Because no, Audrey will not in fact follow through. She will instead go over to where she sees more familiar faces, in the faint hope that they might have been outside the area of effect or otherwise somehow remember the old Haven. They are currently dressed in the loudest, most garish of clothes which practically screams I'm too rich for fashion sense, but they're also looking at a newspaper or at least a piece of paper which might indicate that they're trying to figure out what's going on too? Maybe? Audrey and I will cling to that faint hope right up until they stare at her with polite confusion as though they've never seen her before, then I will let that hope die a whimpering death. Audrey won't, she'll make a couple of blatantly desperate attempts to connect with them, blatantly desperate because they're not at all subtle or complex. And ultimately futile. Not only are Vince and Dave dressed like the most garish of rich people, they are, in fact, rich people. Snobby ones. Haven is deteriorating! First vandalism and now vagrancy! Oh noes, lawdy, I do believe I shall faint. According to Snooty Vince there's never been any trouble in Haven, at which point he and Dave scuttle off so Audrey can finally get a good look at the Haven sign. Which still includes the goddamned (possibly literally damned) lighthouse, but now also includes the slogan "The safest town in Maine." Even before Haven started having the most gas leaks per square mile of anywhere ever, it was never exactly the safest town in Maine, but this is Mayberry safe. No, this is Pleasantville safe. This is, in short, not at all real. Roll credits! Let's see if those have changed too.

No, no they haven't. And I still want to set Flagg on fire.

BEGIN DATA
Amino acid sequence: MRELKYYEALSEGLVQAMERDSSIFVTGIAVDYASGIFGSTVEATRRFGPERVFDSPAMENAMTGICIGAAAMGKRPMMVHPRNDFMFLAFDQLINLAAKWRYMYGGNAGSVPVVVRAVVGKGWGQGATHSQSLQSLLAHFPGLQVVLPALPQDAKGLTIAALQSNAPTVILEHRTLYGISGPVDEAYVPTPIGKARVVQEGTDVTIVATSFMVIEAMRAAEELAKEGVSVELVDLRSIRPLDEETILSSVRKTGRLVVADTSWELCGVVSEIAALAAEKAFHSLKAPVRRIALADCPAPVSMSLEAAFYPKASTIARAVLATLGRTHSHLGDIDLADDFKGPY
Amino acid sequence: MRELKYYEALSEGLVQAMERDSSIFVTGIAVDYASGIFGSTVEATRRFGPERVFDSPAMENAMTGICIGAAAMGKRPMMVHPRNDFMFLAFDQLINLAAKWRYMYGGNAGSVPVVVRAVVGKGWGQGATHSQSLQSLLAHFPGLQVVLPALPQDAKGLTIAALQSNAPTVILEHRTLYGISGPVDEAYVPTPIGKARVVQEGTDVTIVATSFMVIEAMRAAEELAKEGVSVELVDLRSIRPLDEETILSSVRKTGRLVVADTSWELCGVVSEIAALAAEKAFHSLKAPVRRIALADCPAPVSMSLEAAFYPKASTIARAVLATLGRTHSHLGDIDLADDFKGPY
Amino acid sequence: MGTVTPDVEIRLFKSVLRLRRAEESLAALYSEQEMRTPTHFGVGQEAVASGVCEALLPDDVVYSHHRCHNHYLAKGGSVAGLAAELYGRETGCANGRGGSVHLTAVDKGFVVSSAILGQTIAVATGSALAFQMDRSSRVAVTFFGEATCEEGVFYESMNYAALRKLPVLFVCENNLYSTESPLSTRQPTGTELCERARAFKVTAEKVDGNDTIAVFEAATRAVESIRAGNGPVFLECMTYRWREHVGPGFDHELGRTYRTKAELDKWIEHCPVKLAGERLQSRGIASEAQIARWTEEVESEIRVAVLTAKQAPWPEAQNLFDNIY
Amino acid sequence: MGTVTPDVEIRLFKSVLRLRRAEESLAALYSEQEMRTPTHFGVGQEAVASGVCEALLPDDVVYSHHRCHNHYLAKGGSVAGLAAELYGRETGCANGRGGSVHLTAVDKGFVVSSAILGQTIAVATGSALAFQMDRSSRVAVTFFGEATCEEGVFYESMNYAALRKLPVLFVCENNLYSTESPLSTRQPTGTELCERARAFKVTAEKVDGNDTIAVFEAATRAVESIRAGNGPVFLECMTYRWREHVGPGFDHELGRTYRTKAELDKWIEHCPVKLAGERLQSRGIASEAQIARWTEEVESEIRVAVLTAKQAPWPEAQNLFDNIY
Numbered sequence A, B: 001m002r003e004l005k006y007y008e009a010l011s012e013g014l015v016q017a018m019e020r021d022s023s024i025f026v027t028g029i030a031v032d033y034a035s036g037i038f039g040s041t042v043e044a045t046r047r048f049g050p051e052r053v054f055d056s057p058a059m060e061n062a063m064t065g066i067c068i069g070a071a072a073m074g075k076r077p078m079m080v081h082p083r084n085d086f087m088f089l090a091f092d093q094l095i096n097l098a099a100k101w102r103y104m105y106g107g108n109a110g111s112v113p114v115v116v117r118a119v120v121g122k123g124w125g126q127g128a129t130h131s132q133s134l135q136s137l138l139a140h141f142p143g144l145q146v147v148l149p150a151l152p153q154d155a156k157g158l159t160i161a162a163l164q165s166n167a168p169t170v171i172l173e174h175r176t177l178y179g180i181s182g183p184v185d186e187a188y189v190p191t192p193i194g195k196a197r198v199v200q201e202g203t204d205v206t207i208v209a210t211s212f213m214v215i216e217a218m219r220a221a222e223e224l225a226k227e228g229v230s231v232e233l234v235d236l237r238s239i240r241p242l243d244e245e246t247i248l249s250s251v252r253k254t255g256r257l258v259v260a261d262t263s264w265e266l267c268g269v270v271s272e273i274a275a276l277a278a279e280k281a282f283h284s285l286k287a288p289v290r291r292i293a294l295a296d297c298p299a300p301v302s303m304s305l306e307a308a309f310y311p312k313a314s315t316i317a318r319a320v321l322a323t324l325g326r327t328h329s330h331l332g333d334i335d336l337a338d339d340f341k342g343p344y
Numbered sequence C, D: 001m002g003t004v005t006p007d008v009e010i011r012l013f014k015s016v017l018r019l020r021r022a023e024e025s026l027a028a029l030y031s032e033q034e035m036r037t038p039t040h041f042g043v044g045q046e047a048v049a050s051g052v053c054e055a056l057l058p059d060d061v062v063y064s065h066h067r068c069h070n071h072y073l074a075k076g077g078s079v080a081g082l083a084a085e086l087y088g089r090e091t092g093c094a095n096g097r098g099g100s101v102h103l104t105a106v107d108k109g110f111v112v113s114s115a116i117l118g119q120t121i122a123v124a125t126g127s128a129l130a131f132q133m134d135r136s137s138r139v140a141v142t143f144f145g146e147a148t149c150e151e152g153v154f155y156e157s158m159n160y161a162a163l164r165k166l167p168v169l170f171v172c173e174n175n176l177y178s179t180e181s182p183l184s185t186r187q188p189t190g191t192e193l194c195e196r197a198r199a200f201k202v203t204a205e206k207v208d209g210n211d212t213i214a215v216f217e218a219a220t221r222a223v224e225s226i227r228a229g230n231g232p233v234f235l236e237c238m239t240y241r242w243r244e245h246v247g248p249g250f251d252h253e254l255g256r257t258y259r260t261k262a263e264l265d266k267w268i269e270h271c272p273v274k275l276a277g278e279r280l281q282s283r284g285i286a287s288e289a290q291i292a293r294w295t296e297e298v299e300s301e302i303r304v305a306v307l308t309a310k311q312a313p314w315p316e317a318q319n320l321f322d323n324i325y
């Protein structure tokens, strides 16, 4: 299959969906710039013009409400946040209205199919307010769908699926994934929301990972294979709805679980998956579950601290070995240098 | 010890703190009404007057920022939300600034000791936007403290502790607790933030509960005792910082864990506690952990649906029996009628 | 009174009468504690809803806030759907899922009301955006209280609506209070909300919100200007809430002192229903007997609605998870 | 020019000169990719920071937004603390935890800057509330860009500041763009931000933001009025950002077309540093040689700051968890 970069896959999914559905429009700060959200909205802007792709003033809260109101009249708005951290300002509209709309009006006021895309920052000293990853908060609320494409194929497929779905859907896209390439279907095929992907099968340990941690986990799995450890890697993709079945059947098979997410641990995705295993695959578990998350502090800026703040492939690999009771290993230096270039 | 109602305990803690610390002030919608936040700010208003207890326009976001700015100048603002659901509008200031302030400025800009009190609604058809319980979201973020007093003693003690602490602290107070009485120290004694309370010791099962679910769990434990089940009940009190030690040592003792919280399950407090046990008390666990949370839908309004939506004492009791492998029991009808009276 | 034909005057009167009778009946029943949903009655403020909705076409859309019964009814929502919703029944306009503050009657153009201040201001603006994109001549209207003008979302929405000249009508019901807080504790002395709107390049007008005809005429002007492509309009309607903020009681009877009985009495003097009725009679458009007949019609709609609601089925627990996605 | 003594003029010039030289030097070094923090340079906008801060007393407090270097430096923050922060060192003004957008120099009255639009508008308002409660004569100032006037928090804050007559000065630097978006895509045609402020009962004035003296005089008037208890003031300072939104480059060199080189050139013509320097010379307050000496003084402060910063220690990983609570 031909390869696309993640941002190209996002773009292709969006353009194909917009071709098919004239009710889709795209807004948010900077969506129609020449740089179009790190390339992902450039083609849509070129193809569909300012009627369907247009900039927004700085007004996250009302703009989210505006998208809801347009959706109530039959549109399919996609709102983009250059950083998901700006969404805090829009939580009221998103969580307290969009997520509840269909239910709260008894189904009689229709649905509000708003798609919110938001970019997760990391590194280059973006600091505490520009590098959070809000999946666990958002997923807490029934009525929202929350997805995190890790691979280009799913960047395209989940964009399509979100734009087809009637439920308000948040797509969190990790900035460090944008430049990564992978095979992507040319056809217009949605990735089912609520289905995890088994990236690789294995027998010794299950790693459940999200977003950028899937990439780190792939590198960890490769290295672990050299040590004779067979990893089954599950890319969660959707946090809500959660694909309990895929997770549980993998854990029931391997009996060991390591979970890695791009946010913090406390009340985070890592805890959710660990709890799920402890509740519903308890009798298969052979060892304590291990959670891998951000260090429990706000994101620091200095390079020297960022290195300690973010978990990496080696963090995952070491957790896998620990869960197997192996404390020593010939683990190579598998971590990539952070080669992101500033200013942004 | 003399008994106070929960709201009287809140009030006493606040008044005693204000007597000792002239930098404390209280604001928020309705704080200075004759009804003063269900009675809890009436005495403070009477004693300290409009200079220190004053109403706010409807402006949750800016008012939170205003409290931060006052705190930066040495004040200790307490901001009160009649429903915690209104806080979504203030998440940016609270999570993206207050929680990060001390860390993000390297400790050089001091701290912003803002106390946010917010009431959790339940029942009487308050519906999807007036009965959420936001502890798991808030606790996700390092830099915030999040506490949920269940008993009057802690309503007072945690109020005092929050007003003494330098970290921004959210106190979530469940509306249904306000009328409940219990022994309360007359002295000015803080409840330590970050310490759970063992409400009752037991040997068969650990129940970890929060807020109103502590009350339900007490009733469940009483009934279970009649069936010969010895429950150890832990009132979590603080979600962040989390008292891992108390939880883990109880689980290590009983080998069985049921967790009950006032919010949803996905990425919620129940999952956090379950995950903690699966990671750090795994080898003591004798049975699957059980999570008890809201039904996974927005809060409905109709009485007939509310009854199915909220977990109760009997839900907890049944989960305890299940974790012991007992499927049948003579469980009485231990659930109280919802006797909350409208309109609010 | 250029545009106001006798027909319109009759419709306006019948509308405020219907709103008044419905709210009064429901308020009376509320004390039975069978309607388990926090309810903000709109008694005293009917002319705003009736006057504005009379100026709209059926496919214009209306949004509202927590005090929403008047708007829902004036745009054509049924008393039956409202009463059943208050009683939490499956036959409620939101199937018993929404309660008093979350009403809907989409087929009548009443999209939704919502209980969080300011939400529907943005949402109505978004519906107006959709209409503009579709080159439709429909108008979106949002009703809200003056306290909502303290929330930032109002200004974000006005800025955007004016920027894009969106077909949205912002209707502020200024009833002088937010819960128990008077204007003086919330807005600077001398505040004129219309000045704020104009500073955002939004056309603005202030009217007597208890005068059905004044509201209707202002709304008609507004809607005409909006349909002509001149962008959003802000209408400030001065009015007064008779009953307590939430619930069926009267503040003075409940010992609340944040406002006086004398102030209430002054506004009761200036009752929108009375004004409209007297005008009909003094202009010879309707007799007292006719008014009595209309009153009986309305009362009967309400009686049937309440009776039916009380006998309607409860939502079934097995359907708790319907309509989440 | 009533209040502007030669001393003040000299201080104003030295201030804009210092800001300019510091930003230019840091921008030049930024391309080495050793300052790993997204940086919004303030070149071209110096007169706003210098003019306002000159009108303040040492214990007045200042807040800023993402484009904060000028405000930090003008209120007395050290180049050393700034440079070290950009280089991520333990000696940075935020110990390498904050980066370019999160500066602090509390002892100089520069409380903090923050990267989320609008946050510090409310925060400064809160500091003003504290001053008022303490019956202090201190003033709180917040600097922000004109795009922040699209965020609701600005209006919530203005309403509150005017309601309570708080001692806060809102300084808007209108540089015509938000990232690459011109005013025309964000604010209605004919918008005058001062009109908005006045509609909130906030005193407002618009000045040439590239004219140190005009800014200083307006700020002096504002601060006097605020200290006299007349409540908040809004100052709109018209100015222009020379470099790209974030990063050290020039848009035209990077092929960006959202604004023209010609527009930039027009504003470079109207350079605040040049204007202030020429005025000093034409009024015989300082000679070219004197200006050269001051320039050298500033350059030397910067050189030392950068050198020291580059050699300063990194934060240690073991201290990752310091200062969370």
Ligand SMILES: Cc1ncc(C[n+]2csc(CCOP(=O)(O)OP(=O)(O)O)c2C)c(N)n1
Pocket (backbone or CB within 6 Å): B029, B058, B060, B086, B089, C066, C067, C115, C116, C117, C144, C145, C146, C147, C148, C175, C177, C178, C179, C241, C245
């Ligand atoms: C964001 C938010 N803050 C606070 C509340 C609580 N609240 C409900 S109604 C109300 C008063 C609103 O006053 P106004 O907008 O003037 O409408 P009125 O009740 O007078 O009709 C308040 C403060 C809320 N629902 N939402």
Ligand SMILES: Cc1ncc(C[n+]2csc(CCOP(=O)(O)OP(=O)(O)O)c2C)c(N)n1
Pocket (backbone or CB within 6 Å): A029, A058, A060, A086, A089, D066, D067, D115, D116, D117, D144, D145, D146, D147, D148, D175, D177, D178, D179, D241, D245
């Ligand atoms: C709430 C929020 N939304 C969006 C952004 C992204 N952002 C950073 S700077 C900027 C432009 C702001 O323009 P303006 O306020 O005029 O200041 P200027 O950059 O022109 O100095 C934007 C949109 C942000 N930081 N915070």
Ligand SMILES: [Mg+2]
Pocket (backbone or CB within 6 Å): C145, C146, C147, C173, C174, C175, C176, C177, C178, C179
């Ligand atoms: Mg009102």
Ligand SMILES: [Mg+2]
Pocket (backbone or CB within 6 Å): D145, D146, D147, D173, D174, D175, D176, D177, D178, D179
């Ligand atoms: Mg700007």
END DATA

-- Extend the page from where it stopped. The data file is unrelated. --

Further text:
When we come back we're over at the hospital, which at least physically hasn't changed much or at least they haven't chosen a new flyover location for it, and Detective Crocker is telling her and us that the nurses checked her out and deemed her fit for whatever it is she does. And then he will go stand in front of room 4010, just in case y'all were curious. Yes, we're still paying attention to the room numbers. We will also make grabby hands at that Haven t-shirt and hope SyFy manages to license it because really. The doc needs to sign off before she's officially released but he considers her good to go, and no, no one named Nathan Wuornos has ever lived in Haven. But it's adorable that he finds her at least credible enough to check it for her. Audrey puts a brave face on it even though she's clearly making a brave face, she'll find him, she always does. Given that she even found him when she was Sarah, there might be some truth to that. But it's still a brave face because she doesn't know whose Trouble is causing this or what the nature of it is, or, really, anything except Haven is different and Duke is a detective and Nathan isn't. So, where does she start? In fact, her brave face is obviously enough of a facade that it prompts Duke to give her his cell phone number on his business card (I'm going to go ahead and assume the number actually printed on the business card is the police exchange for the sake of not getting a headache) in case she needs anything and because he's pretty sure she's in some kind of trouble even if he doesn't know what kind of trouble she's in. That's Trouble, capital T (and that rhymes with P and I'll just be over here now), Duke. Never mind. That's really, really sweet of him, especially when you take it as a detective who just picked up a stranger on a road and who probably has other things to do on a daily basis, and surely has no idea of what kind of time or energy commitment he's signing up for. Audrey's touched. And still amused that Duke's a cop. So say we all, Audrey. Duke takes it with good grace, he blames the hair, which apparently the Chief hates. And so, naturally, he keeps it, as Audrey points out because even in Bizarro Haven she knows Duke well enough to know that he'll find little, annoying ways to rebel. Bizarro Duke seems surprised that she knows this, but it also makes him smile. Continuing along in the teasing she tells him to watch that he doesn't get fired, which leads to the intensely disturbing revelation that the chief is his Dad. So, yes, this is Bizarro Haven not just in the Stepford-style happiness of everyone but also in that Duke has taken Nathan's place by being Detective-Son-of-the-Chief, and also Simon Crocker, Chief of Police??? That is so frightening a concept I can't even begin to tell you guys. And in a bizarro way that does make sense, too, because what have the Crockers ever been if not the self-appointed (sometimes unhinged) guardians of Haven? We get to think of all of this and twitch, and Audrey gets about a second to shoot exclamation points out of her eyeballs before she's called to see the doctor. They share a moment of "well, it's been unexpected" and Duke tells her to stay safe as he leaves, with a hand around her arm. Possibly by way of being warning or intimidating, but also because Duke has always been a bit touchy-feely with people he likes as a way of expressing that liking, and apparently some things still haven't changed. Including his ability to play spot-the-out-of-place-thing, by which look we know that on some level, this is still Our Duke.